— Attempts to resolve the immediate crisis by allowing Puerto Rico to restructure its debt have been languishing in Congress; House Speaker Paul D. Ryan (R-Wis.) introduced draft legislation in March, but it hasn’t gone anywhere.
— Restructuring has no costs for taxpayers. The burden falls on creditors, who will be paid less than the face value of the bonds they hold.
— However, without a restructuring, a taxpayer-funded bailout is surely forthcoming.
Okay, that last one is a prediction, not a fact, but I’m very likely to be right about it. And that would be a transference to taxpayers of the costs of cleaning up this mess from creditors, including hedge funds that bought Puerto Rican debt at a steep discount a couple of years ago.
Let me explain (better yet, see John Oliver’s masterful explanation below). For years, the Puerto Rican economy has underperformed. Today, poverty and unemployment on the island are about 46 percent and 12 percent, respectively, and the population is shrinking as people jump ship for the mainland. That has done long-term damage to revenue collection, and the government over-borrowed to make up the difference.
The government is far from blameless, but the costs of the crisis are, as usual, falling on the people with the least means to avoid the pain, people who are American citizens. When such obviously unsustainable borrowing has occurred in other places that can’t dig their way out of their debt hole, such as Detroit or Stockton, Calif., they have declared bankruptcy and restructured their debt. That means a bankruptcy judge enforces “haircuts” on creditors who end up with less than they were originally owed. In Detroit, for example, creditors got an average of about 60 cents on the dollar.
The problem is that Puerto Rico, as a commonwealth, does not have that option. That is why it will take legislation to allow a restructuring of the island’s debt. The bill before Congress “would create a federal oversight board with the power to approve or reject local budgets, and to approve plans for court-supervised debt restructuring.”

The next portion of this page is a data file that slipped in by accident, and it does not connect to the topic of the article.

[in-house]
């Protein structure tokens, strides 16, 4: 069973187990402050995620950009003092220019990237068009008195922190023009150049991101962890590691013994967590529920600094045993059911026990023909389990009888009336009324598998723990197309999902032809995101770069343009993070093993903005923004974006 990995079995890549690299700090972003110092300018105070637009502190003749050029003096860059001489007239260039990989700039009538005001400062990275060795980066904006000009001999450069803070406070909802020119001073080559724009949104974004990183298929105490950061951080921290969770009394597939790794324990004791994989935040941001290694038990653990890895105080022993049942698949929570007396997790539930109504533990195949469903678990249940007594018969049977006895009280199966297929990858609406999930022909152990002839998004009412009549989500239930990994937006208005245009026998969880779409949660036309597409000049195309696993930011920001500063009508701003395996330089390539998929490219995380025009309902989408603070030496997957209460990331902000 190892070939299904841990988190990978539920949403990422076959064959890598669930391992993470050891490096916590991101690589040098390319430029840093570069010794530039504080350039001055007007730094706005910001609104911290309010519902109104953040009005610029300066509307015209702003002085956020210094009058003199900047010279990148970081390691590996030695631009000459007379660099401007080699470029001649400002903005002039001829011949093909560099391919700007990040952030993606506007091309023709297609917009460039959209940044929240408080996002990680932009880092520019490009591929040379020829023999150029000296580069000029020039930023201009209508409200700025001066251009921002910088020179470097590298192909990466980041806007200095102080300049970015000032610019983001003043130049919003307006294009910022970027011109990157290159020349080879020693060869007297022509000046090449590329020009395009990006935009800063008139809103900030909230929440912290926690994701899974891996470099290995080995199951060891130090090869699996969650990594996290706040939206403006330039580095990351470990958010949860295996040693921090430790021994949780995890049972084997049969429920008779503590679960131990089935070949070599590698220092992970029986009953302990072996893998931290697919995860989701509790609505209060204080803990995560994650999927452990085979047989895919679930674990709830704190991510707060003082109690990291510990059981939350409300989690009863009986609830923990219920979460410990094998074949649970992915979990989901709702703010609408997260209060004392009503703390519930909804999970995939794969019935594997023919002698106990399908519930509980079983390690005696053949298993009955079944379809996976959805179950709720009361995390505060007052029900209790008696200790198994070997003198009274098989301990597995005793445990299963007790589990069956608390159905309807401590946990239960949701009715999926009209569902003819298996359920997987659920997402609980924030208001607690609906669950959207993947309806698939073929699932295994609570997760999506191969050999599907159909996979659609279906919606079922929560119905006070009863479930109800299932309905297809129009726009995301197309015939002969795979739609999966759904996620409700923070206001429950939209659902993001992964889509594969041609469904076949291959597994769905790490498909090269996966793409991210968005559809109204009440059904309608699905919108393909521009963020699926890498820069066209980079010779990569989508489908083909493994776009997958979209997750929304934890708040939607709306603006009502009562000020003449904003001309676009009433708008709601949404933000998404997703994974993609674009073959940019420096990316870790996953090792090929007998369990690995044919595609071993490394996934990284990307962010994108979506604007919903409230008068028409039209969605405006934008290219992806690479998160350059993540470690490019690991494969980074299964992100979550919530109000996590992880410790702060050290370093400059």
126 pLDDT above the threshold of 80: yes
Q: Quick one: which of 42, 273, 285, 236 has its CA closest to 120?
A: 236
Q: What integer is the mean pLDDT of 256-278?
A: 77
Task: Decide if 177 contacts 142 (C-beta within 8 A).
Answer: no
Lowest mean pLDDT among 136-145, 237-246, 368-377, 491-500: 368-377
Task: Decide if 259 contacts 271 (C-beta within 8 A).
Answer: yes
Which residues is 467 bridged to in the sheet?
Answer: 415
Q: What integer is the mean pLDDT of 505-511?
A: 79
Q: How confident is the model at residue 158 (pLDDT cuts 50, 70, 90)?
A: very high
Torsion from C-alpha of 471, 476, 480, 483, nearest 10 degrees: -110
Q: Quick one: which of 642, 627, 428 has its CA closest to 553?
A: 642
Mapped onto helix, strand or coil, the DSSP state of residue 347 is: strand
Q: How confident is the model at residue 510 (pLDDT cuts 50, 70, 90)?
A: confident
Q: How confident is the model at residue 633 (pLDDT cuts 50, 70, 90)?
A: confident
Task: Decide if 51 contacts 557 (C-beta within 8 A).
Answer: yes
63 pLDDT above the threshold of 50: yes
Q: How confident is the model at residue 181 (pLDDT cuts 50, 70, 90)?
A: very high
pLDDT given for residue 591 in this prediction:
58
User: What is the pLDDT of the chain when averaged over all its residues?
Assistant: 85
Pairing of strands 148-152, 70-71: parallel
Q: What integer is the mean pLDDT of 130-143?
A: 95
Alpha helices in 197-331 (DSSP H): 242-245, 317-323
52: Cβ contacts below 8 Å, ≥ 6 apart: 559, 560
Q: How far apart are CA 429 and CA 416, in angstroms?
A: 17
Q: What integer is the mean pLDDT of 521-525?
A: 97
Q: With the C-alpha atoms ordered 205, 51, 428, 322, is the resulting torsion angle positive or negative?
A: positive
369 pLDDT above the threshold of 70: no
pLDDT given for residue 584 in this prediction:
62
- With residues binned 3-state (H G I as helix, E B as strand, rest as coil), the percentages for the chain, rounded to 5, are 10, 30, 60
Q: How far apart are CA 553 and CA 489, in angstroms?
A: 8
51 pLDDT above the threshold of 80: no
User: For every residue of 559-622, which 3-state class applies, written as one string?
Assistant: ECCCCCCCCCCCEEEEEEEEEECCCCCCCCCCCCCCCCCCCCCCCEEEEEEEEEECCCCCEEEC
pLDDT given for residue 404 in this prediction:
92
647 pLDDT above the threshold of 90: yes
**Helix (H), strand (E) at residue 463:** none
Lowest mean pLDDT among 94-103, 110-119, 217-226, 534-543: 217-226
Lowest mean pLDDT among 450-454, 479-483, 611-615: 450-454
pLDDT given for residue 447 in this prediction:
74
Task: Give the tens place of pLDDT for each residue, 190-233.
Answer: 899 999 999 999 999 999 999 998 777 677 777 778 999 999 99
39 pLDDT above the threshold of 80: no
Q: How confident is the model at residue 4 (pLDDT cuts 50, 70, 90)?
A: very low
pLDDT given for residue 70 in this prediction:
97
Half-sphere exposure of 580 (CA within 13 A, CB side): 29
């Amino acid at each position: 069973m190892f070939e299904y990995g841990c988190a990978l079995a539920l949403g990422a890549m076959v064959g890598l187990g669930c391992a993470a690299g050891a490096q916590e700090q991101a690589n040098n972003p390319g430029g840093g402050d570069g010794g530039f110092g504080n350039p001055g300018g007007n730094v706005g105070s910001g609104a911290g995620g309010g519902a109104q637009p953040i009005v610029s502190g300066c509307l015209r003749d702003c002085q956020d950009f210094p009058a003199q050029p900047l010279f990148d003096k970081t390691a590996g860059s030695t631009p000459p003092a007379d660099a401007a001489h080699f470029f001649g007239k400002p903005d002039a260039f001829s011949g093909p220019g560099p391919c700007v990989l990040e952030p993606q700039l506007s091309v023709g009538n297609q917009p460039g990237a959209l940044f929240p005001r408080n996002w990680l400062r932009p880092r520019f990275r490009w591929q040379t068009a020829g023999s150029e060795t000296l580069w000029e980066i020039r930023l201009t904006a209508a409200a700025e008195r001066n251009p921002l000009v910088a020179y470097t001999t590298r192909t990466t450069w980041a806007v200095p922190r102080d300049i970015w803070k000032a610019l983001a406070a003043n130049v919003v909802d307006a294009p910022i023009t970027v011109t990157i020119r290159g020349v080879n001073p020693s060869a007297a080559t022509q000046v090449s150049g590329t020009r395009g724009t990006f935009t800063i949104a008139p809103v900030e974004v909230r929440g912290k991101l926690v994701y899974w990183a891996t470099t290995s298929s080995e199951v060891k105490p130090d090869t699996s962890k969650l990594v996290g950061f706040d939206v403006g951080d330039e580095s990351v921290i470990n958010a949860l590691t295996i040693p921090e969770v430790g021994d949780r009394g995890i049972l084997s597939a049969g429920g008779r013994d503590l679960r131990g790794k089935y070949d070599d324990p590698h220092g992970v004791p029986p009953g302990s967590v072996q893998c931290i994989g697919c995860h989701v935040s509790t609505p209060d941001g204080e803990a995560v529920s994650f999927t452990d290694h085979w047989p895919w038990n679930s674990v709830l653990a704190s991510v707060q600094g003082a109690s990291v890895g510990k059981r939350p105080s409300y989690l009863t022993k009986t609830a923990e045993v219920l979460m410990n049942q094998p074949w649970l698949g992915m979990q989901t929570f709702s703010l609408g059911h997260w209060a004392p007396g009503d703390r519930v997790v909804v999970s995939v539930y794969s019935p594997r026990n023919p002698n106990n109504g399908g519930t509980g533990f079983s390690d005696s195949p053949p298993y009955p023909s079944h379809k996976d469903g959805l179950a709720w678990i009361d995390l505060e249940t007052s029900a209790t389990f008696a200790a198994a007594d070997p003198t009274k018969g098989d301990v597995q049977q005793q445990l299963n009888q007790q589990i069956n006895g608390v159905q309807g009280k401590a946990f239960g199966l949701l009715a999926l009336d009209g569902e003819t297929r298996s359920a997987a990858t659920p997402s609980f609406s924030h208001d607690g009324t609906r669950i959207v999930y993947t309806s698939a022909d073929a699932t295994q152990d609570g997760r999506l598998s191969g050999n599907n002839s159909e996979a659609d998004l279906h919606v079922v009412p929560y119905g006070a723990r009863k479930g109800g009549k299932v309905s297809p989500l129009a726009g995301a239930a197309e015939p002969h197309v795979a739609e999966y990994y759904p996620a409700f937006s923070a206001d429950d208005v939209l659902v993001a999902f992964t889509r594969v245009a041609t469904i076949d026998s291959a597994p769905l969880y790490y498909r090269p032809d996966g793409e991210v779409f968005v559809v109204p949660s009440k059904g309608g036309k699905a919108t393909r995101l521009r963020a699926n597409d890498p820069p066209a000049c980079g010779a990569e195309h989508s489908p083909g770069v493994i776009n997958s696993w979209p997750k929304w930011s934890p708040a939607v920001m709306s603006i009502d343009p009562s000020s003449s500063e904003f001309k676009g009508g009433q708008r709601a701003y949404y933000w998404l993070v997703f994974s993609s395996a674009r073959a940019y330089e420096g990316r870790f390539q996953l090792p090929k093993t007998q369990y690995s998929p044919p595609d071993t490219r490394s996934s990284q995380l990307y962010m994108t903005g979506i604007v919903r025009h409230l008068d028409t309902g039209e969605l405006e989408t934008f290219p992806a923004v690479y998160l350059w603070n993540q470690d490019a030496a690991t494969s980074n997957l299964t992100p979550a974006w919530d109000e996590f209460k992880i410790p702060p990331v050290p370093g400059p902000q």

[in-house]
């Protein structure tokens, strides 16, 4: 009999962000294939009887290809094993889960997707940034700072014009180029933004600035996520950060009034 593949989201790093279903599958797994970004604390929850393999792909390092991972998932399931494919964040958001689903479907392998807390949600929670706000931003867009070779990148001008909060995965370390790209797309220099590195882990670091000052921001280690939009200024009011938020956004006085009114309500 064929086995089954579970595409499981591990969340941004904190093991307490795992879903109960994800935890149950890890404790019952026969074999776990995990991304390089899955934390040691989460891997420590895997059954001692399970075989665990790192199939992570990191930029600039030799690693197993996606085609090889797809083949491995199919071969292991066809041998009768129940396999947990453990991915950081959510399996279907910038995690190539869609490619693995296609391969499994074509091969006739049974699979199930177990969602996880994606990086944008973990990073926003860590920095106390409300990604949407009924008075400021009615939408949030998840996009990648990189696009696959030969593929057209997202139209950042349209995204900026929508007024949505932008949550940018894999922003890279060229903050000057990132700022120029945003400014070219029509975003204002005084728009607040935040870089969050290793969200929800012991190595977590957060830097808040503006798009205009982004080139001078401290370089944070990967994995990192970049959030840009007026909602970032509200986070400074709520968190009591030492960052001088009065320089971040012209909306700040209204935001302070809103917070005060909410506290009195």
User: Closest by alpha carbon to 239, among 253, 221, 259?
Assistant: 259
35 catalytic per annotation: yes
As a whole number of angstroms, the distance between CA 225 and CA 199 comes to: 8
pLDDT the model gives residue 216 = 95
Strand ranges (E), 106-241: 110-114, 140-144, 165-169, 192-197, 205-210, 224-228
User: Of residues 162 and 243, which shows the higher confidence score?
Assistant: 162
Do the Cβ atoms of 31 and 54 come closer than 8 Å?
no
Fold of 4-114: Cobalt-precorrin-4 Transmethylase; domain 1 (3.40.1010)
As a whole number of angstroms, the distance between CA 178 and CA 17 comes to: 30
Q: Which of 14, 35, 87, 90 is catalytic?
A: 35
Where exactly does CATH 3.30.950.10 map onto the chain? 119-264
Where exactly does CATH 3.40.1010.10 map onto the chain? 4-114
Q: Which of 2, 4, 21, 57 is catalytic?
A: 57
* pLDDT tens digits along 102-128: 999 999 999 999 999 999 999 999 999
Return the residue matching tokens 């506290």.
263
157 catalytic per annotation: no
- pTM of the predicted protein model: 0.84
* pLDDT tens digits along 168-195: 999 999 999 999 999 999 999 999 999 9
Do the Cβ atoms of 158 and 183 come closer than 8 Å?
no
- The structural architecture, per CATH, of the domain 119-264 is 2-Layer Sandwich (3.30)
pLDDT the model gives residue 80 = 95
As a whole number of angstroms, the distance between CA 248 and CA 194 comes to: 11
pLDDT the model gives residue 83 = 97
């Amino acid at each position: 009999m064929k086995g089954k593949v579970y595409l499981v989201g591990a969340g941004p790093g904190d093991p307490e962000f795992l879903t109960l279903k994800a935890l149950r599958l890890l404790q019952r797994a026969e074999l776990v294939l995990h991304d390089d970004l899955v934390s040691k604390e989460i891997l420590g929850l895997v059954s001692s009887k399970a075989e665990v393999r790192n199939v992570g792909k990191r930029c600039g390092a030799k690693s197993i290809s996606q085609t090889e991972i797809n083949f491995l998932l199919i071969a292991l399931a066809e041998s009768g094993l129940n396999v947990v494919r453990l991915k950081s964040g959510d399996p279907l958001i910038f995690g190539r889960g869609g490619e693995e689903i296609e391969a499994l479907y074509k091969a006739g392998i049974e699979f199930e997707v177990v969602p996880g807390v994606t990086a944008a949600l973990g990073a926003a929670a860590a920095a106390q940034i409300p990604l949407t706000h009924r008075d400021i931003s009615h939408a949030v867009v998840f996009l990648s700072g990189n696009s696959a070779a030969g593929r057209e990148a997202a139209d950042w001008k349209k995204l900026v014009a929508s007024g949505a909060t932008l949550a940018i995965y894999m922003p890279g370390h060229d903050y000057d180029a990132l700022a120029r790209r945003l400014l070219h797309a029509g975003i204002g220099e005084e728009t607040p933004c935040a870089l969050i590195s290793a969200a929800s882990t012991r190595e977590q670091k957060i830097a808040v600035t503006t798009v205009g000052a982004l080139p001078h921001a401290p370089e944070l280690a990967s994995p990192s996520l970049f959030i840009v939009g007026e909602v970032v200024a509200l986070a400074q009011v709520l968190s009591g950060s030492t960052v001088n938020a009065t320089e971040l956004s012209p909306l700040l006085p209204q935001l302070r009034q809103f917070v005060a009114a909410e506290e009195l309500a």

Now, here’s my punch line, telegraphed above, and it’s very simple: If we don’t do the restructuring, we will end up with a taxpayer-funded bailout. I don’t know how large it would be, but I see no other possible outcome.
You may wonder: Why should the creditors get dinged and the taxpayers spared? Fair question, but the fact is that insolvency happens, and any IOU (i.e., bond) you purchase has default risk. In fact, such risk is priced in, with riskier debt paying higher yields, and, in the case of Puerto Rico, sold at a discount to hedge funds and other creditors (including pension funds) that think their hair looks fine, thank you.
Bottom line, I don’t think it’s a stretch to recognize that purchasing Puerto Rican debt was a risky move. Although defaults are rare in the muni market — only 0.14 percent of munis default within 10 years — the Puerto Rican economy cannot generate anything like the growth needed to service its debt. Creditors’ bets went bad, and the senseless quirk in the law that has no Chapter 9 mechanism for the commonwealth is the only reason we’re even arguing about them.
Why is a bailout the only alternative? Because I don’t think the nation will let fellow Americans suffer the consequences of living in a failed state as the human costs become increasingly severe. Yes, we are in a moment of considerable political upheaval, but this conclusion is bipartisan: The Obama administration strongly supports the restructuring bill, and Ryan has been doing his best to advance the legislation. Even Donald Trump recognizes the insolvency.
With the muni market at least so far brushing off the Puerto Rican default, and the broader economic costs of muddling through not obvious to most of us on the mainland, the crisis could easily drag on. That’s not a problem for many in the investor class. Remember, hedge funds invested in defaulted Argentinian debt fought 15 years before achieving a payout greater than 10 times their investment.
But it’s a huge problem for our fellow citizens in Puerto Rico, and it’s soon going to be a big problem for taxpayers. That last part can easily be avoided if Congress gets its act together.